That description may be a bit generous, as I really didn’t find even the middle section of this course that wild (at least not as much as I expected). It’s pretty fun and interesting, but it honestly doesn’t compete with something like Dinosaur Mountain, Quintero, Wickenburg Ranch or some of the other local courses that come to mind when I think of dramatic and hilly desert canyon courses. Lookout Mountain has some quirky qualities that some will like and others will not. It’s one of those courses that kind of falls right on the line of being recommendable or not.

As for conditions, they were just okay. The tee boxes were fine. The fairways were very inconsistent. There were some overly fluffy/lush spots and a lot of thin/soft/muddy spots, as well, many of which were aerated. Kind of a bit of everything on the fairways. The rough I found to be more consistent, but it also had plenty of iffy spots to avoid. What I can say is it looks like they are putting in work to even things out, though they may want to mark some of the worst areas off as GUR. The bunkers were pretty firm with even coarser sand/gravel than Gold Canyon in the morning.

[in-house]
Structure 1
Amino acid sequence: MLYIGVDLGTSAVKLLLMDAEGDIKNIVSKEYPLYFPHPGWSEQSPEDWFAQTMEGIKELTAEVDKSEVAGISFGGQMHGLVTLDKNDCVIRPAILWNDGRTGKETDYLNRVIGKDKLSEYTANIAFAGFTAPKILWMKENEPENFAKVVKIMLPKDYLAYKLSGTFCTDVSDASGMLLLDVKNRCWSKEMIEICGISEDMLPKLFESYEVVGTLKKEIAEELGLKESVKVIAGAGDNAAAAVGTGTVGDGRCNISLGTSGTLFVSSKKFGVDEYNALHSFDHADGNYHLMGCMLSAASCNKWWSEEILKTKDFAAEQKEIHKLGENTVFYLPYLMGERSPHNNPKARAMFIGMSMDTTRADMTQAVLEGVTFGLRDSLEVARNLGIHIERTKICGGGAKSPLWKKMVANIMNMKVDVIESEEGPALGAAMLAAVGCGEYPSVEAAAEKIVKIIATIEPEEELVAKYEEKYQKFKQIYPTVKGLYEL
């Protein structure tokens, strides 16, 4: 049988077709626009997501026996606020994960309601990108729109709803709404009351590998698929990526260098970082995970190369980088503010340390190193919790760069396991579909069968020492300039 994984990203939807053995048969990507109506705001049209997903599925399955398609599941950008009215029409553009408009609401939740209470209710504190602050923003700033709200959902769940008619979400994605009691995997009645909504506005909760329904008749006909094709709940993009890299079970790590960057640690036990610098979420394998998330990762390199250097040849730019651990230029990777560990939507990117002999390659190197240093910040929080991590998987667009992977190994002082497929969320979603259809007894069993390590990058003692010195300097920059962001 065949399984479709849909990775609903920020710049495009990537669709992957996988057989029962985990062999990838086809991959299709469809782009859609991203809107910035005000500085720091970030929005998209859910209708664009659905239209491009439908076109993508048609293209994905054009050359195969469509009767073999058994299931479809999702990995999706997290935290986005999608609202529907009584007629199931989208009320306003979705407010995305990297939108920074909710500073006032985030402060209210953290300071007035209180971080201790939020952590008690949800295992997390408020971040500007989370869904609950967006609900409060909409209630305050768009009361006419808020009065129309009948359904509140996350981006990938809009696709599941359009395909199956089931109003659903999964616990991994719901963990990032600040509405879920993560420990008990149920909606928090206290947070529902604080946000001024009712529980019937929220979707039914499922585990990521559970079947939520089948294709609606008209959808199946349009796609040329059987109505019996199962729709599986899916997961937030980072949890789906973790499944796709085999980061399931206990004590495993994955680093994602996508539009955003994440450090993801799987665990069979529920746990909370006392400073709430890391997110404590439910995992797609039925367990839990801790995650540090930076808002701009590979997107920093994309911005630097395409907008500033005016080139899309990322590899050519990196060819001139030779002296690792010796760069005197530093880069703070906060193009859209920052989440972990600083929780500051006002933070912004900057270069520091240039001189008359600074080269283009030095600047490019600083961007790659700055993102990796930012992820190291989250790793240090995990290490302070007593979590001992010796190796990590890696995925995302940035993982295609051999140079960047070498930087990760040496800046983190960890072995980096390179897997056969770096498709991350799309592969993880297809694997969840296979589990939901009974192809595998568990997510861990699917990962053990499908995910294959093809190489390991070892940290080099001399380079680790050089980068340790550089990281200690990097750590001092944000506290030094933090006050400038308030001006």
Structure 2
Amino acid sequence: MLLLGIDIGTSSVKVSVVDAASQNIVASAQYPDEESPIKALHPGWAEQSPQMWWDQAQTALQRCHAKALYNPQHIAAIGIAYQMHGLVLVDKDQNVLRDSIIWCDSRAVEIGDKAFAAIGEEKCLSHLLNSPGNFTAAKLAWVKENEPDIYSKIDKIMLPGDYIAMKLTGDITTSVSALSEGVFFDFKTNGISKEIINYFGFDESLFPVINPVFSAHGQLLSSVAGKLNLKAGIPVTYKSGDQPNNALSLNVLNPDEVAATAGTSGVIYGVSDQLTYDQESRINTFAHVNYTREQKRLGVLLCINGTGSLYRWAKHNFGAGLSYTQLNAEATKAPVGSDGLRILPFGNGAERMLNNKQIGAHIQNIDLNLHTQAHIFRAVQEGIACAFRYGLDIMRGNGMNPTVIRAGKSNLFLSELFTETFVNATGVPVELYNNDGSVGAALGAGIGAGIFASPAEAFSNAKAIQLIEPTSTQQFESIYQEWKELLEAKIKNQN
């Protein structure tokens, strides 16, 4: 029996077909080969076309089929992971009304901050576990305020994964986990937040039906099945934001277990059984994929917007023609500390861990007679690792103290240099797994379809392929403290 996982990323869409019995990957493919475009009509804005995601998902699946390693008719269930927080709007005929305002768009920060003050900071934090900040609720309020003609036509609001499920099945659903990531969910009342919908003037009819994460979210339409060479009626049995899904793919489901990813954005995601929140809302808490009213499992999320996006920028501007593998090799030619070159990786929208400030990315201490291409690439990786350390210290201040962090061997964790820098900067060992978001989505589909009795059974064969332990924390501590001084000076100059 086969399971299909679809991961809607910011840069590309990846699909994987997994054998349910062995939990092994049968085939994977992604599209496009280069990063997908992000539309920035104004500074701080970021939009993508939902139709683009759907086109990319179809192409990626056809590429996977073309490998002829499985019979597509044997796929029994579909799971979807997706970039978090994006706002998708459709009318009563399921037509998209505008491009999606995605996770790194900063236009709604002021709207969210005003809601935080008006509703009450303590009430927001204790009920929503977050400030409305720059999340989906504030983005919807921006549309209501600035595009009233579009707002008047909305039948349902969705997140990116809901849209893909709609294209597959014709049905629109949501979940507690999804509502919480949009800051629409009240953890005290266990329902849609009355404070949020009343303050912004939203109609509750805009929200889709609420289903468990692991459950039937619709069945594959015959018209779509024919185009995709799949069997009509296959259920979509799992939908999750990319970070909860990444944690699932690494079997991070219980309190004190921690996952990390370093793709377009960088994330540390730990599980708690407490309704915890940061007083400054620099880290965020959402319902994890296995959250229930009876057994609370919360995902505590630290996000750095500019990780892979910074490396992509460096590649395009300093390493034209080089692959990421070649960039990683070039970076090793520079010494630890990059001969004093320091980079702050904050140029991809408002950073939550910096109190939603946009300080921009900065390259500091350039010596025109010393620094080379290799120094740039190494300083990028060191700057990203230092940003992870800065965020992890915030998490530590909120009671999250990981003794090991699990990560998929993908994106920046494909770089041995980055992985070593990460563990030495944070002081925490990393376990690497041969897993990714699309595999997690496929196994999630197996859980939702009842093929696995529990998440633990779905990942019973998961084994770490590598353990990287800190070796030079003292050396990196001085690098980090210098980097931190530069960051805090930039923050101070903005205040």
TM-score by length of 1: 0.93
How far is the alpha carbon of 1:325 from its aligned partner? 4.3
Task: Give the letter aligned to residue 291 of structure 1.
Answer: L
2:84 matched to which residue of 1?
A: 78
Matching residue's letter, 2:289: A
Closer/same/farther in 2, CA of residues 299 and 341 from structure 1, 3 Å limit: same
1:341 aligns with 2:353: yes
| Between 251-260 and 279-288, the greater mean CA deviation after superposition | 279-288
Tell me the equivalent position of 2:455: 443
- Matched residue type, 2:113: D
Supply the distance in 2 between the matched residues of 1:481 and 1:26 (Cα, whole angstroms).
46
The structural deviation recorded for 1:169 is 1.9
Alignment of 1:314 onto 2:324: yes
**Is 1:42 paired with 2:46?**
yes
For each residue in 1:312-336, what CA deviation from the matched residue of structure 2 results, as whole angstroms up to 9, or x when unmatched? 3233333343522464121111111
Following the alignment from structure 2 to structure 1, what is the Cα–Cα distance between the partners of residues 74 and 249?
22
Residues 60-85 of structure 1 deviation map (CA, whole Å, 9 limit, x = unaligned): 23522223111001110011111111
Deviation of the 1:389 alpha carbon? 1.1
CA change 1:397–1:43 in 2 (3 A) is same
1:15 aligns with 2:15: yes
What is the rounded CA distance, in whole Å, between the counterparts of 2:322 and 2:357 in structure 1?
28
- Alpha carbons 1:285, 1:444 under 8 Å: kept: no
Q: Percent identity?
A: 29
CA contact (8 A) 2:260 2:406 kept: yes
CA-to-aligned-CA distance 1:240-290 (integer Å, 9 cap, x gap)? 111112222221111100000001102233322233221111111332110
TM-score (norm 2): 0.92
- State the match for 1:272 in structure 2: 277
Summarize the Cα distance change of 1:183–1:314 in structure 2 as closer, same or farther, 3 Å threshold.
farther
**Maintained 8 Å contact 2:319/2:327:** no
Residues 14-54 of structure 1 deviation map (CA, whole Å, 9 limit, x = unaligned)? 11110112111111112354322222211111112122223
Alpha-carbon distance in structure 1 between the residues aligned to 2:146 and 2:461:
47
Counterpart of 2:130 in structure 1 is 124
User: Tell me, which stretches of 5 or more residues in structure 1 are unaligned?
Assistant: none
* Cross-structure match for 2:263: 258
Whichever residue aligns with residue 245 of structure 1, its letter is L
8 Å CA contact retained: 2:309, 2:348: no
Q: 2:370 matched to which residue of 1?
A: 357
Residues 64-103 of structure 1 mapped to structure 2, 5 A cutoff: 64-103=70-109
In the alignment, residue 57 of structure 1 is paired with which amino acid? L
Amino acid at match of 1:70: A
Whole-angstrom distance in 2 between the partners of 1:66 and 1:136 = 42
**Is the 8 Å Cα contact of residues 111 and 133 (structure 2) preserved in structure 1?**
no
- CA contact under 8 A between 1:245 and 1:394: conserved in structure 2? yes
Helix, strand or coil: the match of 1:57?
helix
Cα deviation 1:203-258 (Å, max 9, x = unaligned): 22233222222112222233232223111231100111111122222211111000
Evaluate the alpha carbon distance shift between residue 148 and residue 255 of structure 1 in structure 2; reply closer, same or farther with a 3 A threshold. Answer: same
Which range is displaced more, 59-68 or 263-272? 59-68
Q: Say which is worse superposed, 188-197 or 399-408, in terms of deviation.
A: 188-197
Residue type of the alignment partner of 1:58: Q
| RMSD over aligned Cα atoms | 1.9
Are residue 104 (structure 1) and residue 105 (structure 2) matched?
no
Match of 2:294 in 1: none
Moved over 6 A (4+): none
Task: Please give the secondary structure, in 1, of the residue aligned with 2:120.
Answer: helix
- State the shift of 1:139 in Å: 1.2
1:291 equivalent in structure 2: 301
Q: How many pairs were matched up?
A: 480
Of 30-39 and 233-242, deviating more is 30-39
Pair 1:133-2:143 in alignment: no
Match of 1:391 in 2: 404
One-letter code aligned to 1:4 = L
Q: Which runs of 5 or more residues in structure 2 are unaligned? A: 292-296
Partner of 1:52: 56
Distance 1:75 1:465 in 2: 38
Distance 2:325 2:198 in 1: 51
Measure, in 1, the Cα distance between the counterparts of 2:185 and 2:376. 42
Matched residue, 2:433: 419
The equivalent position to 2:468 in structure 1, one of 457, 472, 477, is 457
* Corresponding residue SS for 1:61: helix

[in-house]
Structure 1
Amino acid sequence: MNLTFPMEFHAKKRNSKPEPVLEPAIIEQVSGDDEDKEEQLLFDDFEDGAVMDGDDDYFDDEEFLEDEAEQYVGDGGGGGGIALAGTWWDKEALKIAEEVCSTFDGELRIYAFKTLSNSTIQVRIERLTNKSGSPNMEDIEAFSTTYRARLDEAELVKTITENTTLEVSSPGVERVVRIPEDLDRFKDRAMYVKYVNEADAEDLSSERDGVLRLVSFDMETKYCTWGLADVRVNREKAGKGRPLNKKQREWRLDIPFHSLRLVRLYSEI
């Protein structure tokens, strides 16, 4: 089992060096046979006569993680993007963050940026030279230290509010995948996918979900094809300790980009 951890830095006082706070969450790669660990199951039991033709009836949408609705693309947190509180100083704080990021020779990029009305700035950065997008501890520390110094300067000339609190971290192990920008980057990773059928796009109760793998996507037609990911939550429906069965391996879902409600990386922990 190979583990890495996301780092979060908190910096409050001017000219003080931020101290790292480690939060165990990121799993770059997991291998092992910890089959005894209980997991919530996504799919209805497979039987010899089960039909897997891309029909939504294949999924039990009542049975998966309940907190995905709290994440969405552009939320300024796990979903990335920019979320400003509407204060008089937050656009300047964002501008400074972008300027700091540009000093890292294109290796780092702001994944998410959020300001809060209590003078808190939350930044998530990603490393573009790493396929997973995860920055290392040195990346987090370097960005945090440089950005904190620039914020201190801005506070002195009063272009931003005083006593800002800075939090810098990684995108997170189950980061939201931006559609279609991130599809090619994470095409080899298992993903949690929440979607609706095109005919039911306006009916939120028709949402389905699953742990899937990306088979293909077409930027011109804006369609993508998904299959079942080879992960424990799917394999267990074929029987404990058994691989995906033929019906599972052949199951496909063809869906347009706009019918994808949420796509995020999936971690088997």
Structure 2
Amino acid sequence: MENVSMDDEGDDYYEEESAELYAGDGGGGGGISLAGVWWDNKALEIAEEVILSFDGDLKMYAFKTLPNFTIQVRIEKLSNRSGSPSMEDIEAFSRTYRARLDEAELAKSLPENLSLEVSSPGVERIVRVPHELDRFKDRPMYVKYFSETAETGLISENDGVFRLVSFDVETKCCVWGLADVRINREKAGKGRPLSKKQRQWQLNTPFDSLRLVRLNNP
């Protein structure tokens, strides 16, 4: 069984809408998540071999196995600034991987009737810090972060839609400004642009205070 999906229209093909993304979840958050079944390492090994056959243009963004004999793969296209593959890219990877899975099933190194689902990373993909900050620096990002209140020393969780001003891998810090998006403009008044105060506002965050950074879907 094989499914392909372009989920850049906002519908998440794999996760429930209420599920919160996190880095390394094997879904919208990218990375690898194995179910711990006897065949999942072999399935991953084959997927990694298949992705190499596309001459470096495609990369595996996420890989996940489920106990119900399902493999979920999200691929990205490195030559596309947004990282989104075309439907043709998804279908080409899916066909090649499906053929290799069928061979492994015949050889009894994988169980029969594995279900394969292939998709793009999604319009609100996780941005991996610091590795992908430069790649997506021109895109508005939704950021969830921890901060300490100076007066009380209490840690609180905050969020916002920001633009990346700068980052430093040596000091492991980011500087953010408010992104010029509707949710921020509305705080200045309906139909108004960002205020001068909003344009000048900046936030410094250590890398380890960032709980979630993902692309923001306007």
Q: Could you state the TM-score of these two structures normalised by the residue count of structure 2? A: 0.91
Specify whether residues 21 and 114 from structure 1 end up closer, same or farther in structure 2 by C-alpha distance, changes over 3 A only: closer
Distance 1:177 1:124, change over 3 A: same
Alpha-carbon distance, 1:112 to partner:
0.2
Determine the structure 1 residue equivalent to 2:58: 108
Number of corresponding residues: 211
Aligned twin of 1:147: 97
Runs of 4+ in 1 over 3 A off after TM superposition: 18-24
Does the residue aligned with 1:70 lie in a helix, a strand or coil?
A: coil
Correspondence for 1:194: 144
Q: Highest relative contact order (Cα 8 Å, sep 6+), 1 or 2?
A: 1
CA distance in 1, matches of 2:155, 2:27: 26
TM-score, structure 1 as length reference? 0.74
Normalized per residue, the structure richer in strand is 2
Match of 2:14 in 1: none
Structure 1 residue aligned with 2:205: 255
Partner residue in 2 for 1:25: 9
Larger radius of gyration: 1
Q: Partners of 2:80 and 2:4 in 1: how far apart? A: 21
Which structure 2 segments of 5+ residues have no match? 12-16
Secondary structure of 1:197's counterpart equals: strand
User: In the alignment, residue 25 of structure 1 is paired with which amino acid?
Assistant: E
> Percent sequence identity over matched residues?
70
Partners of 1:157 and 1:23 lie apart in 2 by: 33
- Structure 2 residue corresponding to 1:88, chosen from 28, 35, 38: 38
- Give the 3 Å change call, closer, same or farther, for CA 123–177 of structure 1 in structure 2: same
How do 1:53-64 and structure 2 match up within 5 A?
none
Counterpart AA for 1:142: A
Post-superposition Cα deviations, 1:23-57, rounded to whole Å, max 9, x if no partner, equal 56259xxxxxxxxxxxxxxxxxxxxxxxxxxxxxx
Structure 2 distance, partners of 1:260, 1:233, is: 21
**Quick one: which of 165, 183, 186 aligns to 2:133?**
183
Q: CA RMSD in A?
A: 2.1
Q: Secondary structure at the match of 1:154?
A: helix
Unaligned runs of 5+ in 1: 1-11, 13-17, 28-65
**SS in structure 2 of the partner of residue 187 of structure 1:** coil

The greens showed signs of a verticut or something like that. However, they were very receptive. They provided a ton of bite, which I usually don’t anticipate on desert greens in the summer, and they rolled pretty well at medium speeds. They were just a tad bumpy here and there, but smoother than they looked.

I didn’t end up liking Lookout Mountain as much as I wanted to, and it will ultimately rank somewhere in the middle of the pack in Phoenix/Scottsdale for me. However, for the right price it’s probably still worth a “look” for most.

Some pictures from Lookout Mountain Golf Club (7/12/18):